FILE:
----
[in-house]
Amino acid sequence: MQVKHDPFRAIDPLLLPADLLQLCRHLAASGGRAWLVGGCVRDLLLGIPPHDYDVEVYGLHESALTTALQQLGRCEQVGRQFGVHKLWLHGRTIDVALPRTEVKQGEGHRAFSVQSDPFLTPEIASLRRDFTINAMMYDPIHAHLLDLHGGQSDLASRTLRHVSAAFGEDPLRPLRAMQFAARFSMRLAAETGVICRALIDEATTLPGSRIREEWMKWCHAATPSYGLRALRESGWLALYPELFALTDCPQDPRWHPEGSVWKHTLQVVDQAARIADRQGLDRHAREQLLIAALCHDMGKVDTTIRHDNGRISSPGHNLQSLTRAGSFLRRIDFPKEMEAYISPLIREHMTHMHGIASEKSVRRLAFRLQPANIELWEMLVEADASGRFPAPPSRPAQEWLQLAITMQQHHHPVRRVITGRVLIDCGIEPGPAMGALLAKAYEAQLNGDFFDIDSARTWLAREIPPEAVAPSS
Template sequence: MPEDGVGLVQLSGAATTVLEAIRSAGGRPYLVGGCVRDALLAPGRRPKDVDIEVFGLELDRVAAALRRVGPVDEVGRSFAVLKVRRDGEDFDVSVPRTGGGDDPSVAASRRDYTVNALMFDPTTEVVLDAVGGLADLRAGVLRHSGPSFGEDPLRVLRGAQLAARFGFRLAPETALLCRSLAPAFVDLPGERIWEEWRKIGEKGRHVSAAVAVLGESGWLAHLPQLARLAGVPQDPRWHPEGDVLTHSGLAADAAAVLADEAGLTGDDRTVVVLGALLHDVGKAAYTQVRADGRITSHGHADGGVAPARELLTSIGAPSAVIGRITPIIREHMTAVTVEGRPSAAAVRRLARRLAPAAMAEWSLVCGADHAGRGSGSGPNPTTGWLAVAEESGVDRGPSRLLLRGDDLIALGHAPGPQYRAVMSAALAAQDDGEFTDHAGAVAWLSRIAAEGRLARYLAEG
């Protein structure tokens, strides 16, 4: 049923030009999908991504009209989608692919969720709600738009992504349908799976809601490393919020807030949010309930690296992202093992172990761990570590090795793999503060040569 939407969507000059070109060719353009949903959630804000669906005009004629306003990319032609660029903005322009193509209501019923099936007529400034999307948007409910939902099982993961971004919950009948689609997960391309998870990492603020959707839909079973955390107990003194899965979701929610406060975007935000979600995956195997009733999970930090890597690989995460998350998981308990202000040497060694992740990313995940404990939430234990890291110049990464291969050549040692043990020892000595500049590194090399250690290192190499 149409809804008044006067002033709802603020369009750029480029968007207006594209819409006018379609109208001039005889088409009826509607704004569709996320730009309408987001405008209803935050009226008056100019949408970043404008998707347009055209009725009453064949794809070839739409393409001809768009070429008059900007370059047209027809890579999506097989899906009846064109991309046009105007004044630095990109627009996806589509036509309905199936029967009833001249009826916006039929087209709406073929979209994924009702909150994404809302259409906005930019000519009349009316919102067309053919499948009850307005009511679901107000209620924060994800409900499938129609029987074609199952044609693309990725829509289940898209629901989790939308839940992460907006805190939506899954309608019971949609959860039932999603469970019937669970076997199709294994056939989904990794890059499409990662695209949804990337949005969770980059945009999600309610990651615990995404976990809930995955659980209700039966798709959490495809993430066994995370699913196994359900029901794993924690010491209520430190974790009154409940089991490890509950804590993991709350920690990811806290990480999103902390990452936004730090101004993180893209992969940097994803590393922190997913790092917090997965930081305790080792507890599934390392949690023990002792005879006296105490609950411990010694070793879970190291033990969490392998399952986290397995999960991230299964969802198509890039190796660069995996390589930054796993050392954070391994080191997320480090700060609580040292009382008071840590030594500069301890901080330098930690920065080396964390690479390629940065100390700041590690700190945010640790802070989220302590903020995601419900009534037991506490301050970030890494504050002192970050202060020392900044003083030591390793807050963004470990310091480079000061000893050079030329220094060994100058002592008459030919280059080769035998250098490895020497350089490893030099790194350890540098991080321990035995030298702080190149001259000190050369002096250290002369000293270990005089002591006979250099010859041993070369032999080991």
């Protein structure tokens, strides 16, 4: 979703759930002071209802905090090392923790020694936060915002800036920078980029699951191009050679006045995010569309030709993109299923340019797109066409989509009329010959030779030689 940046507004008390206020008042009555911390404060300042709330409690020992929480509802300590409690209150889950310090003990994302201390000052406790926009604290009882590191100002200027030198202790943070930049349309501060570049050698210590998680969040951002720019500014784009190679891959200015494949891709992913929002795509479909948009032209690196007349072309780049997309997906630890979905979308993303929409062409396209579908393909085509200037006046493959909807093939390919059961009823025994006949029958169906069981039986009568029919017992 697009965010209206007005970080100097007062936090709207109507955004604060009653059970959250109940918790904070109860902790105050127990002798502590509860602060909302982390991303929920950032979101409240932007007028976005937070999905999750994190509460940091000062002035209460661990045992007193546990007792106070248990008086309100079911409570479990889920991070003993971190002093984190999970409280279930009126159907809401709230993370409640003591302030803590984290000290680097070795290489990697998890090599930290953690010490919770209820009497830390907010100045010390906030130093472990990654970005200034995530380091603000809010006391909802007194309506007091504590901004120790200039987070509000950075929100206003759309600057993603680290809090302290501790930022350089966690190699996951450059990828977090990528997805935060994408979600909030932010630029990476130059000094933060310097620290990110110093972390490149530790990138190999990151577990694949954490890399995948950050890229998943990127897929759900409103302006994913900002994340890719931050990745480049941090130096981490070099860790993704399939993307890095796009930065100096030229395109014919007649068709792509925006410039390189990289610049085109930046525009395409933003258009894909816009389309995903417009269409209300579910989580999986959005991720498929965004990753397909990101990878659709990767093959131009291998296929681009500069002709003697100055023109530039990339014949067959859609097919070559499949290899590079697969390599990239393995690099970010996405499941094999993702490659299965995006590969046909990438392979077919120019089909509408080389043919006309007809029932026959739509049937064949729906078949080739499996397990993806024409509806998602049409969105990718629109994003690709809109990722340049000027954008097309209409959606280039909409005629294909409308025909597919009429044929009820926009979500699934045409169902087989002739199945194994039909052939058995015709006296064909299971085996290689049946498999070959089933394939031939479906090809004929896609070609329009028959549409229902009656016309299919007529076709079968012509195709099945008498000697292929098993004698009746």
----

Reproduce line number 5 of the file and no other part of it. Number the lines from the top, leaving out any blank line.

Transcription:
């Protein structure tokens, strides 16, 4: 979703759930002071209802905090090392923790020694936060915002800036920078980029699951191009050679006045995010569309030709993109299923340019797109066409989509009329010959030779030689 940046507004008390206020008042009555911390404060300042709330409690020992929480509802300590409690209150889950310090003990994302201390000052406790926009604290009882590191100002200027030198202790943070930049349309501060570049050698210590998680969040951002720019500014784009190679891959200015494949891709992913929002795509479909948009032209690196007349072309780049997309997906630890979905979308993303929409062409396209579908393909085509200037006046493959909807093939390919059961009823025994006949029958169906069981039986009568029919017992 697009965010209206007005970080100097007062936090709207109507955004604060009653059970959250109940918790904070109860902790105050127990002798502590509860602060909302982390991303929920950032979101409240932007007028976005937070999905999750994190509460940091000062002035209460661990045992007193546990007792106070248990008086309100079911409570479990889920991070003993971190002093984190999970409280279930009126159907809401709230993370409640003591302030803590984290000290680097070795290489990697998890090599930290953690010490919770209820009497830390907010100045010390906030130093472990990654970005200034995530380091603000809010006391909802007194309506007091504590901004120790200039987070509000950075929100206003759309600057993603680290809090302290501790930022350089966690190699996951450059990828977090990528997805935060994408979600909030932010630029990476130059000094933060310097620290990110110093972390490149530790990138190999990151577990694949954490890399995948950050890229998943990127897929759900409103302006994913900002994340890719931050990745480049941090130096981490070099860790993704399939993307890095796009930065100096030229395109014919007649068709792509925006410039390189990289610049085109930046525009395409933003258009894909816009389309995903417009269409209300579910989580999986959005991720498929965004990753397909990101990878659709990767093959131009291998296929681009500069002709003697100055023109530039990339014949067959859609097919070559499949290899590079697969390599990239393995690099970010996405499941094999993702490659299965995006590969046909990438392979077919120019089909509408080389043919006309007809029932026959739509049937064949729906078949080739499996397990993806024409509806998602049409969105990718629109994003690709809109990722340049000027954008097309209409959606280039909409005629294909409308025909597919009429044929009820926009979500699934045409169902087989002739199945194994039909052939058995015709006296064909299971085996290689049946498999070959089933394939031939479906090809004929896609070609329009028959549409229902009656016309299919007529076709079968012509195709099945008498000697292929098993004698009746």